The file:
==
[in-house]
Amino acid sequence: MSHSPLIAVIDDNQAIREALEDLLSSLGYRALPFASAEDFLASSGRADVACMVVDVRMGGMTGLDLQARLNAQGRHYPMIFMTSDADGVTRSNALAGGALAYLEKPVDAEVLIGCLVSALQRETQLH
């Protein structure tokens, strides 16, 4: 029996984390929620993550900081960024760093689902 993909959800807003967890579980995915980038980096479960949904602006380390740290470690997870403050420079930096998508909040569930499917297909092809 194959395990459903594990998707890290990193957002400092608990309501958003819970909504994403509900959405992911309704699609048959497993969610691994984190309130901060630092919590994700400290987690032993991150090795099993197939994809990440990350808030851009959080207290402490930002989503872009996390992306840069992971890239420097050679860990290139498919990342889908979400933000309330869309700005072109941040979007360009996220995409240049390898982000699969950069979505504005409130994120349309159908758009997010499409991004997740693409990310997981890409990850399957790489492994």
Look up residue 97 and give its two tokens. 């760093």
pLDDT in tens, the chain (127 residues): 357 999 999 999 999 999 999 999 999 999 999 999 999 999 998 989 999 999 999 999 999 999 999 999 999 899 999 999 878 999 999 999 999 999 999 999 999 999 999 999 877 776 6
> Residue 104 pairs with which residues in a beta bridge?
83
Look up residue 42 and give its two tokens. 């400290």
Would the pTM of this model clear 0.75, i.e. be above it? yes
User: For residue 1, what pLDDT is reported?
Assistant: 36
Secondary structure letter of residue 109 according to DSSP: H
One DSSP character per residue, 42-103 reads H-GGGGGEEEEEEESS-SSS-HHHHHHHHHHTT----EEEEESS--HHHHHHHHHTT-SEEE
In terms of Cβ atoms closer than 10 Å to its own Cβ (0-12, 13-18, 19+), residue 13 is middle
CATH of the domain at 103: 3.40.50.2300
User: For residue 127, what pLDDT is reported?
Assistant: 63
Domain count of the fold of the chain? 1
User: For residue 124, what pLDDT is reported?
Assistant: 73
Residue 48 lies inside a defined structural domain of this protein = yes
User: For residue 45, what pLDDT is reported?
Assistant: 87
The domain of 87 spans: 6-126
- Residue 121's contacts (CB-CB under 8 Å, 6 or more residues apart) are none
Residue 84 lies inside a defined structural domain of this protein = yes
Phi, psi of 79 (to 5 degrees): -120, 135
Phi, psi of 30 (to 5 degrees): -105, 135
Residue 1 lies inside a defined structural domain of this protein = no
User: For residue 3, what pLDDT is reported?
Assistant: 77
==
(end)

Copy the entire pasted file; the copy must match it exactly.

[in-house]
Amino acid sequence: MSHSPLIAVIDDNQAIREALEDLLSSLGYRALPFASAEDFLASSGRADVACMVVDVRMGGMTGLDLQARLNAQGRHYPMIFMTSDADGVTRSNALAGGALAYLEKPVDAEVLIGCLVSALQRETQLH
């Protein structure tokens, strides 16, 4: 029996984390929620993550900081960024760093689902 993909959800807003967890579980995915980038980096479960949904602006380390740290470690997870403050420079930096998508909040569930499917297909092809 194959395990459903594990998707890290990193957002400092608990309501958003819970909504994403509900959405992911309704699609048959497993969610691994984190309130901060630092919590994700400290987690032993991150090795099993197939994809990440990350808030851009959080207290402490930002989503872009996390992306840069992971890239420097050679860990290139498919990342889908979400933000309330869309700005072109941040979007360009996220995409240049390898982000699969950069979505504005409130994120349309159908758009997010499409991004997740693409990310997981890409990850399957790489492994």
Look up residue 97 and give its two tokens. 């760093």
pLDDT in tens, the chain (127 residues): 357 999 999 999 999 999 999 999 999 999 999 999 999 999 998 989 999 999 999 999 999 999 999 999 999 899 999 999 878 999 999 999 999 999 999 999 999 999 999 999 877 776 6
> Residue 104 pairs with which residues in a beta bridge?
83
Look up residue 42 and give its two tokens. 């400290």
Would the pTM of this model clear 0.75, i.e. be above it? yes
User: For residue 1, what pLDDT is reported?
Assistant: 36
Secondary structure letter of residue 109 according to DSSP: H
One DSSP character per residue, 42-103 reads H-GGGGGEEEEEEESS-SSS-HHHHHHHHHHTT----EEEEESS--HHHHHHHHHTT-SEEE
In terms of Cβ atoms closer than 10 Å to its own Cβ (0-12, 13-18, 19+), residue 13 is middle
CATH of the domain at 103: 3.40.50.2300
User: For residue 127, what pLDDT is reported?
Assistant: 63
Domain count of the fold of the chain? 1
User: For residue 124, what pLDDT is reported?
Assistant: 73
Residue 48 lies inside a defined structural domain of this protein = yes
User: For residue 45, what pLDDT is reported?
Assistant: 87
The domain of 87 spans: 6-126
- Residue 121's contacts (CB-CB under 8 Å, 6 or more residues apart) are none
Residue 84 lies inside a defined structural domain of this protein = yes
Phi, psi of 79 (to 5 degrees): -120, 135
Phi, psi of 30 (to 5 degrees): -105, 135
Residue 1 lies inside a defined structural domain of this protein = no
User: For residue 3, what pLDDT is reported?
Assistant: 77